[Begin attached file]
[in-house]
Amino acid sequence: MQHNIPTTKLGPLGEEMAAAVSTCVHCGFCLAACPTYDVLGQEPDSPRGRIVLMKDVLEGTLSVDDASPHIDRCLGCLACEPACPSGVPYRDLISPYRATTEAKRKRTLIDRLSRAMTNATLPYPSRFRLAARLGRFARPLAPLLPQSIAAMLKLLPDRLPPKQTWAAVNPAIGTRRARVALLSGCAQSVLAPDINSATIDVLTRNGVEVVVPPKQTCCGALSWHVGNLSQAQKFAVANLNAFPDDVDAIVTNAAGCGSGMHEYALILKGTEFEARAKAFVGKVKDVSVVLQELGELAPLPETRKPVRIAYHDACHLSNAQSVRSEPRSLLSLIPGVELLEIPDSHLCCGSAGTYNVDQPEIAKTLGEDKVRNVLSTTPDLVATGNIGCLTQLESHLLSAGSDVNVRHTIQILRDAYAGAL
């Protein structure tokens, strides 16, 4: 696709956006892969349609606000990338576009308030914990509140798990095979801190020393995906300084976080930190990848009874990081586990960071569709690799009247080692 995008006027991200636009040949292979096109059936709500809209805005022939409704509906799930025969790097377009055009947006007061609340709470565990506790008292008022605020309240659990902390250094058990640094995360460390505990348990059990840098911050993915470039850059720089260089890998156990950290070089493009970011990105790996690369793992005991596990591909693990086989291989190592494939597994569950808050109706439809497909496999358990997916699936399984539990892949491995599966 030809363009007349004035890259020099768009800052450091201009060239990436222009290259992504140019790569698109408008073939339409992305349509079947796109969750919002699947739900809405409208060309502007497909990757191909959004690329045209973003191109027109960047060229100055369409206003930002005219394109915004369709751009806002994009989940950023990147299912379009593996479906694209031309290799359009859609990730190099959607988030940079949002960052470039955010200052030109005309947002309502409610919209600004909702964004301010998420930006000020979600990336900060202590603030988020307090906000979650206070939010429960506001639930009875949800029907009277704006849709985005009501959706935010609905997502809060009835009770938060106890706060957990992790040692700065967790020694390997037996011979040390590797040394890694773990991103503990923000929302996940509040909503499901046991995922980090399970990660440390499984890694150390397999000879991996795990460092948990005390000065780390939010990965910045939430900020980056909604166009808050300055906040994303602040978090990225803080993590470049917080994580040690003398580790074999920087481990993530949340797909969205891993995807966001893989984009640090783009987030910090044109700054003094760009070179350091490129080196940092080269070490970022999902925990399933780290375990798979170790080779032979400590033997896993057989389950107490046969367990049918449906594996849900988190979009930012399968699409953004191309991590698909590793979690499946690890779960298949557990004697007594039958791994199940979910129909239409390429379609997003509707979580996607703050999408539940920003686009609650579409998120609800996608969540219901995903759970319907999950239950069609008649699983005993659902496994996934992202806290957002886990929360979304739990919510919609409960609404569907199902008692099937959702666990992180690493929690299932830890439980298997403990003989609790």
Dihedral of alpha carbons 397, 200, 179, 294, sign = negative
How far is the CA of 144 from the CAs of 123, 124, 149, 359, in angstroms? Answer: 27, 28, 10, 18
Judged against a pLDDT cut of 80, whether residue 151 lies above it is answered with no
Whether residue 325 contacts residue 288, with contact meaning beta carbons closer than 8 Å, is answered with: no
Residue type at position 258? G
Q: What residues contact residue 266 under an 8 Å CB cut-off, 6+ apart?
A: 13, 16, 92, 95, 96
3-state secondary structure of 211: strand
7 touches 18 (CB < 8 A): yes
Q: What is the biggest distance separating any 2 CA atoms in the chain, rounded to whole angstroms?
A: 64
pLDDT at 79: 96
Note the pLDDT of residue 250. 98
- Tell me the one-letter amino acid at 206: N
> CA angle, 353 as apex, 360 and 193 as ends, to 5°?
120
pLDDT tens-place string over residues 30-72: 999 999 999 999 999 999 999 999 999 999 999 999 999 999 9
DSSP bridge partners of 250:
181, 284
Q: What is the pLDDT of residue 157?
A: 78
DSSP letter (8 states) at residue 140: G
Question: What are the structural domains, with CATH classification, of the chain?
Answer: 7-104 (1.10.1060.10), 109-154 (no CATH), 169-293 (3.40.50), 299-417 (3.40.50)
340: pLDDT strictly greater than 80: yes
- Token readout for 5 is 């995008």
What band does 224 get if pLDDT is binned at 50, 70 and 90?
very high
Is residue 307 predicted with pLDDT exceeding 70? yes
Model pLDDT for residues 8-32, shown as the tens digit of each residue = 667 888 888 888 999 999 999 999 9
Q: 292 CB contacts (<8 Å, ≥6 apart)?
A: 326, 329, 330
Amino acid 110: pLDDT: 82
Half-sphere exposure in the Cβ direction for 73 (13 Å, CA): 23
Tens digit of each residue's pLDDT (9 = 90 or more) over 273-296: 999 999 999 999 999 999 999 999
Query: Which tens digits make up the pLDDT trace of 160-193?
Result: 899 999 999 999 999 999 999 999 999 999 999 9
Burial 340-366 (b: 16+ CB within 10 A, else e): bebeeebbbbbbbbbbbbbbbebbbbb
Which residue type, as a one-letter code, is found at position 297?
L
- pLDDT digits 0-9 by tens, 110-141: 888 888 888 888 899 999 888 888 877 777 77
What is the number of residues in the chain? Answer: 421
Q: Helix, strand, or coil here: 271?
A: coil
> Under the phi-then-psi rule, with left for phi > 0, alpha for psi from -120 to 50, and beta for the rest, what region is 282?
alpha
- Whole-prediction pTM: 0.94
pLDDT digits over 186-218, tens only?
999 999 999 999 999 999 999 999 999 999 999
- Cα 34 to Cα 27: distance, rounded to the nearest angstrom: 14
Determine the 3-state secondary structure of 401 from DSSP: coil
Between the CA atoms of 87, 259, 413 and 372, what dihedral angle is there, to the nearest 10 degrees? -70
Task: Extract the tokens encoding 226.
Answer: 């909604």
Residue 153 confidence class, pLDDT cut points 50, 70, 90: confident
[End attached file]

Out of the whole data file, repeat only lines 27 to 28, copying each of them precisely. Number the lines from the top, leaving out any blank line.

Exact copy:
Answer: 7-104 (1.10.1060.10), 109-154 (no CATH), 169-293 (3.40.50), 299-417 (3.40.50)
340: pLDDT strictly greater than 80: yes